Some of the Vlogs traumatize me. They have not got enough pasture for a cow to begin with and if they do feed grain, do not understand how much grain a cow needs. They also don’t have the experience to tell overall condition. Not just weight but look. One cow has rub patches, indicating lice, she is terribly thin. A really thin cow will also have dull, dry hair, dead at the ends and not shedding, it is another indicator of body condition or a parasite load. I try not to comment but was about to when another watcher left a comment about body condition and the cow looked like she might have lice. The vlogger replied dairy cows are always thin. He added they had done their homework and the cow is fine. Several Vlogs later they discuss the cows production is dropping. Other Vlogs with extremely thin cows are having the same problem with dropping production.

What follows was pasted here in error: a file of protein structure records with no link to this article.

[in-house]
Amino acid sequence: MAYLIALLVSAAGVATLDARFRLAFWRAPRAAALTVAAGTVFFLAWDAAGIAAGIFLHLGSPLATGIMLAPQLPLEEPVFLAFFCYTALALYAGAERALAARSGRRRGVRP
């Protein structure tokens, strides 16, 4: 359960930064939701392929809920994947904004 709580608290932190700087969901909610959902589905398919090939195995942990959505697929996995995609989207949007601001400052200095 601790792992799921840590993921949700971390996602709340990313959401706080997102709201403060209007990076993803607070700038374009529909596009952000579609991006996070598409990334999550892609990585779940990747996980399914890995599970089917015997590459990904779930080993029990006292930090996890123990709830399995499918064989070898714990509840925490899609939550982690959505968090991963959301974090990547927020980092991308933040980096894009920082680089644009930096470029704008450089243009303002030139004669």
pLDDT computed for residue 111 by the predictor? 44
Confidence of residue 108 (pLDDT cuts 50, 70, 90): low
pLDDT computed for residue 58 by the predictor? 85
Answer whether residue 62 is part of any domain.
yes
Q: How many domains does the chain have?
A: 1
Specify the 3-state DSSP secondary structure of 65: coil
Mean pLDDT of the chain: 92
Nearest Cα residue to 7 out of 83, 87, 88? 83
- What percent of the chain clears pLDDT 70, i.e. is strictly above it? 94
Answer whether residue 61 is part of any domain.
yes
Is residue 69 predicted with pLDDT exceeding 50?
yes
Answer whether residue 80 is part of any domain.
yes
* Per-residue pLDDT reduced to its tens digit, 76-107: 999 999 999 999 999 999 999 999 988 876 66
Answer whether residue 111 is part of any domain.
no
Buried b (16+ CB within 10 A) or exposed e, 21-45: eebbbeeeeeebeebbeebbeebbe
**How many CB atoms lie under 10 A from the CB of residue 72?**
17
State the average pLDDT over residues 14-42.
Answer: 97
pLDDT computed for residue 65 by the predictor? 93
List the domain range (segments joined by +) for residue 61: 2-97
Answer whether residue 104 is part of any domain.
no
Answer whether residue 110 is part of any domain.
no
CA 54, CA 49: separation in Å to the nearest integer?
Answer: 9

A very thin cow, note the absence of any muscle between the spine and the spring of ribs. She also has patches of rough, dead hair.

I look at Katie, she is holding steady at feeding two calves, I milk her when we need milk and get a gallon and a half  plus leave ‘breakfast’ for Rocky and Bullwinkle. He hair is sleek and shiny, she has dimples by her tail. She probably is too fat but she is so healthy. She is coming into heat on a regular cycle and we plan to breed her in August.

Katie, waiting to be measured. She weighs 1156 pounds by our calculations which seems close.

I just think there is a dangerous amount of misinformation and wrong information out there. Not being delivered by people who don’t care but by people who simply do not know enough to do some of the things they dream of on their ‘homestead’. Ralph and I are not experts but we can tell healthy animals from thin ones. My livestock experience has been enhanced by the adventure with our ‘dairy herd’.

Please if you read this and are unsure about your Cows condition, take the time to either talk to a veterinarian or a local Dairyman.

Understand how much it takes for a cow to do what a family cow does.
1: Produce Milk for you and enough to calf share if you go that route.
2: Feed Herself.